Random Analytics: Mining – A Dangerous Business (China to 14 May 2013)
by Shane Granger
On Saturday 11 May 2013 around 2pm in the afternoon more than 100 Chinese miners toiled in the depths of the Taozigao coal mine in Sichuan province unaware that within minutes they would be subject to a gas explosion brought on by a build-up of gasses from poor ventilation in an illegal operation. 28 would subsequently die and another 18 would be wounded, at least eight critically. Barely 24-hours prior to this incident another gas blast would kill 12 and injure two in the neighbouring province of Guizhou.
Dual incidents of this magnitude were enough to get global press including a mirrored story via Australian Mining which reported the initial incident.
A previous Xinhua story had some interesting (and sobering statistics). They include:
- Mine accidents killed 37 workers for every 100-million metric tonnes of coal produced in 2012, down from 56.4 for 2011 but well above the US which reported 1.9 in that same year;
- 1,384 fatalities occurred in Chinese coal mines in 2012, down from 1,973 in 2011;
- 93% of coal gas blasts were caused by poor ventilation.
China is acknowledged by many to be the most dangerous place on Earth to work in mining.
Now putting aside the fact that Xinhua is the official Chinese media outlet I thought I would do some digging into the safety record of Chinese mines and (time permitting) keep track over it over the course of 2013.
Here is my analysis.
Just looking at Xinhua data to 14 May there have been 28-major incidents which include 336-fatalities and 160-injuries. Due to a lack of follow-up reporting by Xinhua there are at least 42-people unconfirmed as either dead or rescued from various floods and collapses, although I hope to follow this up by interrogating provincial newspapers.
The single largest incident was that of a landslide in Tibet which buried 83-miners of the Jiama Copper mine under 2-million cubic metres of mud and rock on the 29th March. This single incident also confirmed Tibet as the province with the most confirmed fatalities to date.
The South West province of Guizhou had the most reported incidents with seven separate incidents and a combined fatality count of 70. The most serious incident from Guizhou was a colliery gas blast at the Machang mine which left 25-dead and a further 20-injured.
Both North East and South West Regions recorded 10-incidents each. The South West Region (which includes Tibet) had the worst data, recording 189-deaths against the North East which had 112-deaths.
The most recent incident reported via Xinhua was covering the gas blast at the illegal Taozigao coal mine on the 12th May 2013.
Fatalities by Resource
Coal continues to be the most dangerous resource to mine in China with 240-deaths, almost 3 out of every four reported fatalities occurring via that commodity. Additionally, with 25 out of 28 incidents attributed to coal it also made up 89.3% of all reported incidents to date.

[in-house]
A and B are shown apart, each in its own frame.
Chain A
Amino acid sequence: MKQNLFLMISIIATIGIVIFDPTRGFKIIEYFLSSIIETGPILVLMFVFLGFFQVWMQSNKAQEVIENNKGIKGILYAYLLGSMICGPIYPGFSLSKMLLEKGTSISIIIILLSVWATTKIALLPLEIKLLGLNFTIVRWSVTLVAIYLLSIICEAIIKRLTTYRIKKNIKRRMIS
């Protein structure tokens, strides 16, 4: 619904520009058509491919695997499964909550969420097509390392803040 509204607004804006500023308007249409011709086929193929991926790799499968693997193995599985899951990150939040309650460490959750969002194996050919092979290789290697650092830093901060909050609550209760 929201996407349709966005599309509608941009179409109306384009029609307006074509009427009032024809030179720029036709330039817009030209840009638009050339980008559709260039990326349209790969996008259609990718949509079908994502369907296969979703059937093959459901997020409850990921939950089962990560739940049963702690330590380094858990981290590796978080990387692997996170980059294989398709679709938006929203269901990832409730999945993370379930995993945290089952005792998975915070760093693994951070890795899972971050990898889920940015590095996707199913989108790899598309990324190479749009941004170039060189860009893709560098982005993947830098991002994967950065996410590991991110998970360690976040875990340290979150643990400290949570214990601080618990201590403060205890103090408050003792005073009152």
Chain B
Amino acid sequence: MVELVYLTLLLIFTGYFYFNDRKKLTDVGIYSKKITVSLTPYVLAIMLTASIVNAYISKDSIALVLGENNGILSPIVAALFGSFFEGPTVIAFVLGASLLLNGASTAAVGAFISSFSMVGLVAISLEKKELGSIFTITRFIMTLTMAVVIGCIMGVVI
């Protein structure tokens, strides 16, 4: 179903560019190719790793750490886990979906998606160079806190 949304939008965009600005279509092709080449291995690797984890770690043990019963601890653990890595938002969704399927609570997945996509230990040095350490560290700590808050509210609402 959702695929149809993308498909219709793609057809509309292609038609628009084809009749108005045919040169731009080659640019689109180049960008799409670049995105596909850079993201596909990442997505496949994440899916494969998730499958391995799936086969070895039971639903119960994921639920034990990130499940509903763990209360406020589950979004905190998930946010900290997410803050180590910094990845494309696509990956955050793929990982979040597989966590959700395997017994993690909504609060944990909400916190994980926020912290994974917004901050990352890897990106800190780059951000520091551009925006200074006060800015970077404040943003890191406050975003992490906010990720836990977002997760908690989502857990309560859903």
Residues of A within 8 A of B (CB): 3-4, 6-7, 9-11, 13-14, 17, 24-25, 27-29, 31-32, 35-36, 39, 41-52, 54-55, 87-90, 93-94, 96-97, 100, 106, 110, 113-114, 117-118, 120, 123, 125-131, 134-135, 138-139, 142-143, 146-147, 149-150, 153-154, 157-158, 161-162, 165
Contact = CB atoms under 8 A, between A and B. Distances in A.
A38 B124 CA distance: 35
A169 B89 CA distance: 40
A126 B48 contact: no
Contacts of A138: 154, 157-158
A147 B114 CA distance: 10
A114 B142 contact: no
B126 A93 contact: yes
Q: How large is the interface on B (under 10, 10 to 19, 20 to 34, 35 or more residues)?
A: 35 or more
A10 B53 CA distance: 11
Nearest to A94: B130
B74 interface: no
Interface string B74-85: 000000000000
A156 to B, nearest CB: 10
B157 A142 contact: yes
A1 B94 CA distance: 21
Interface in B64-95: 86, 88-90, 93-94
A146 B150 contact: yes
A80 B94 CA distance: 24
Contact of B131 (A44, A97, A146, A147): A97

Copper was the second most dangerous resource by numbers with 2 incidents (7.1%) and 86-deaths (25.6%). Although we are not yet half-way through the year I believe that percentile will come down over the course of 2013 given that 96.5% of that commodities fatalities came from a single incident, the Tibetan landslide, which even by Chinese standards was unprecedented.
With one carbon monoxide poisoning incident (3.6%) and 10-deaths (3%) gold was the only other commodity to have a significant reportable incident.
Fatalities by Month
The final graph looks at reported mining deaths by month including provisional numbers for the current month.
Not including May the incident average for the first four months is 6.5 while the monthly average for deaths is at 74-deaths. Interestingly the incident variation is tight (between 5 and 8) while the fatality variation is more diverse (between 22 and 155).
Without discussing censorship, there is no doubt that the numbers I have discussed here only scratch the surface of Chinese mining fatalities.
A commonality of the 28 incidents reported by Xinhua was that they covered incidents with three or more persons. Thus, a huge amount of individual deaths and injuries that can happen on any mine in any part of the world including Australia go unreported by the national Chinese media.
Another factor would be illegal mining. At least two incidents and 40-deaths that were recorded occurred in illegal mines, potentially unknown to Chinese officials until a major rescue effort was required.
That aside, everything that I discover about China is big.
Unfortunately that also includes fatality counts in its mining industry.
- Added Fatalities by Month chart.